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Comrade Shripad Amrut Dange

Written By Unknown on Monday, 12 September 2011 | 05:29

Comrade Shripad Amrut Dange


Birth: 10 October 1899                         Death: 22 May 1991

Shripad Amrut Dange was a founding member of the Communist Party of India (CPI) and a stalwart of Indian trade union movement.

Dange was born in a family of Deshastha Brahmins, a sub-caste of Brahmins, in Nasik. He was expelled from college for organizing a movement against compulsory teaching of the Bible. Early in his life Dange was exposed to conditions of workers when he undertook voluntary work in the textile mill areas of Mumbai. Dange was drawn into active politics by the fervor of nationalist movement against the British rule in India. Bal Gangadhar Tilak, the earliest proponent of Swaraj (complete independence) greatly inspired young Dange. Later when Mahatma Gandhi launched the Non-Cooperation Movement in 1920, Dange gave up his studies and joined the Independence movement.

Following the Russian Revolution of 1917, Dange became interested in Marxism. Dange grew increasingly skeptical about Gandhism; especially of Gandhi's promotion of cottage industries, as the sole solution for India's economic ills, while overlooking possibilities of modern industrial economy. He also disliked what he believed was an excessive emphasis on religious and moral considerations and reliance on the goodwill of individuals to effect change. He came to believe that only a revolution involving the solidarity of the workers, peasants, and army could bring down foreign rule and with it, capitalism.

Dange bought the English weekly, Socialist, the first Indian Communist journal, in 1922. In 1925 he became one of the founders of the Communist Party of India (CPI). Dange was arrested on several occasions, including the 1929 Meerut Conspiracy case, and spent most of 1924 to 1942 in jail, where he attempted to continue political activities even though the Communist Party was banned by 1939. In 1943 he was elected president of the All India Trades Union Congress (AITUC) in recognition of his work.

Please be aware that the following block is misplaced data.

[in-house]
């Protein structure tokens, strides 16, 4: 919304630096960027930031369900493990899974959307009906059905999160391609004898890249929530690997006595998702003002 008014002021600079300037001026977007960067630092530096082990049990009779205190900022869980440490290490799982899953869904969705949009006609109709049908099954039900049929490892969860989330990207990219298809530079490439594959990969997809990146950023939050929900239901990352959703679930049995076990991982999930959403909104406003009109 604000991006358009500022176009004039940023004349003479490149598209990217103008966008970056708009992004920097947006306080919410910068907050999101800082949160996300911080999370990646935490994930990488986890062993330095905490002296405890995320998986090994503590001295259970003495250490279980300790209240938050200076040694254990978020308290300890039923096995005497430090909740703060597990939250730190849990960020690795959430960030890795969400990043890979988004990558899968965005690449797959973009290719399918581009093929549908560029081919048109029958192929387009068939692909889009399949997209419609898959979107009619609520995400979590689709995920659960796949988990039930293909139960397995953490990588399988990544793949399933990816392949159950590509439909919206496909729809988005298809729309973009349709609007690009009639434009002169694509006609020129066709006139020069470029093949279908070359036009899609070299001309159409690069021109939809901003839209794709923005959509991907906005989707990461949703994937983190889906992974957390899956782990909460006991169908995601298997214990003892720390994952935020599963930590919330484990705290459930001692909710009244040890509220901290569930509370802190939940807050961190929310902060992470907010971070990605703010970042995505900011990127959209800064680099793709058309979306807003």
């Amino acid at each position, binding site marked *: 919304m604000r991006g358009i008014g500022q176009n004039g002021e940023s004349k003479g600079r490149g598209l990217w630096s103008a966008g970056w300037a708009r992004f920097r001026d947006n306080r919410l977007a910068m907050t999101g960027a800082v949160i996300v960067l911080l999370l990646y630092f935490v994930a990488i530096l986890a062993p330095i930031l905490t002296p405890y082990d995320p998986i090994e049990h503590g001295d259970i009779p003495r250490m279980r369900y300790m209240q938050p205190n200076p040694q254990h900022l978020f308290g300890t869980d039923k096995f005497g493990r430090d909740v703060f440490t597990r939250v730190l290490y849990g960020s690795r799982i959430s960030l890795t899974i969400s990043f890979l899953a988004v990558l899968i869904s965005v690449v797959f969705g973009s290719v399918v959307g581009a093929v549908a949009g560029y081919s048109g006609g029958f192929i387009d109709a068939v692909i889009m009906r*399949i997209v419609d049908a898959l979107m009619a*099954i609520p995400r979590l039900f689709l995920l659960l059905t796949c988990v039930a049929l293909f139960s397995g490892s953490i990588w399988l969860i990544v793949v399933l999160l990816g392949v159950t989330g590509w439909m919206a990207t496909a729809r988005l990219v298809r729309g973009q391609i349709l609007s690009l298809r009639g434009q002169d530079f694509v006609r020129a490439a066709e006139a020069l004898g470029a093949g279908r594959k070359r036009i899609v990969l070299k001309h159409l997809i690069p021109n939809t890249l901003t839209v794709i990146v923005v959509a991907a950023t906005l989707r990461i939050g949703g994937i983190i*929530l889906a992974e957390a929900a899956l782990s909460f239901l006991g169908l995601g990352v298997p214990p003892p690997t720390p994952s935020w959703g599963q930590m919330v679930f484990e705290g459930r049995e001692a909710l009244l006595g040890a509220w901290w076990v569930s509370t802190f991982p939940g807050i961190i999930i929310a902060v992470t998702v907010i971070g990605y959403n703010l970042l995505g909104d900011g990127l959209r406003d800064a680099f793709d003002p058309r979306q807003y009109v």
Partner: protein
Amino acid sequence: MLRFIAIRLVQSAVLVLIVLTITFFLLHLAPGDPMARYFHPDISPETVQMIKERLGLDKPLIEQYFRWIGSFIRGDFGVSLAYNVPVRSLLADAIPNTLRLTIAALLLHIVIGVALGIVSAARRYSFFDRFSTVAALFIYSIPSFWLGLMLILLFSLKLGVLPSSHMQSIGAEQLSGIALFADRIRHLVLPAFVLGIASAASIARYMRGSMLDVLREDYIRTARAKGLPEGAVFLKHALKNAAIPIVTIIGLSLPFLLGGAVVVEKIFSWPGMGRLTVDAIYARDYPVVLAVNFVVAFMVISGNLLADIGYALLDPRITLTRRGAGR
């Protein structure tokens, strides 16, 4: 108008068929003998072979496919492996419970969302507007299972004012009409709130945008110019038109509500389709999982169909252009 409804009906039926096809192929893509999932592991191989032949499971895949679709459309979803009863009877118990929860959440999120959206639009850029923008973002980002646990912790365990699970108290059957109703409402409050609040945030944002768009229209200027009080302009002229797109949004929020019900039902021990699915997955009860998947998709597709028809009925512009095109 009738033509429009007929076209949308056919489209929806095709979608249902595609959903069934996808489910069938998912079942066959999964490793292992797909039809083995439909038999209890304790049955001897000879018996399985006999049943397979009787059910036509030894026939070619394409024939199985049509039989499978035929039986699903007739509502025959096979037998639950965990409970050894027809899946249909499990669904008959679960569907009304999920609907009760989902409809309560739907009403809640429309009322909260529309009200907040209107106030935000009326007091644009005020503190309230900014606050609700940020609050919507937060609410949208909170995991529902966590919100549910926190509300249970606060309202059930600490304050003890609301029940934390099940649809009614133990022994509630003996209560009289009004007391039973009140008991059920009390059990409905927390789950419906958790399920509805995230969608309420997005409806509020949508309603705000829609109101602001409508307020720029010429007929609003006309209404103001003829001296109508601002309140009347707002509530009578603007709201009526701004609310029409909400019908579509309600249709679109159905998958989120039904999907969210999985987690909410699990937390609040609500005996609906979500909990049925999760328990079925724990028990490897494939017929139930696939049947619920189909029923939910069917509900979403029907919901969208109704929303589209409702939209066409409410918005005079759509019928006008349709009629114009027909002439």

Dange was elected to the Bombay Legislative Assembly as Communist candidate in 1946, and became chairman of the CPI. He was elected to the Second Lok Sabha in 1957 from Bombay City (Central) Constituency of the State of Bombay. Dange along with S.M. Joshi, N.G. Gore and P.K. Atre fought relentlessly for Sanyukta Maharashtra, a struggle that cost a lot of lives. Finally on May 1, 1960, pre-dominantly Marathi-speaking State of Maharashtra was born. Later, disputes within the party over the Sino-Indian War of 1962, when Dange supported the position held by Jawaharlal Nehru, and the scandal of the so-called Dange Letters, which suggested that Dange had betrayed the party in return for release from prison, led to the breakaway of leftists who then formed the Communist Party of India (Marxist). Dange resigned from the chairmanship of the party in 1978.

Dange is regarded as a pioneer of the trade union movement in India, as well as one of the key figures in Indian Communism. He was more a practitioner than a Marxist intellectual. He also published his major work, India from Primitive Communism to Slavery, a Marxist analysis of Indian history, in 1949.

Dange died at a Bombay hospital on May 22, 1991. He was given a State funeral by the Maharashtra State government. He was survived by his wife Ushatai and daughter, Roza Deshpande. On December 10, 2004, The Indian Parliament honoured him when Dr. Manmohan Singh, Prime Minister of India unveiled his statue along with other left leaders such as Acharya Narendra Deva and A. K. Gopalan in Parliament House. The 9-feet high bronze statue of Dange, sculpted by Vithoba Panchal, has been donated by the labor organization, Shramik Pratishthan, Mumbai.

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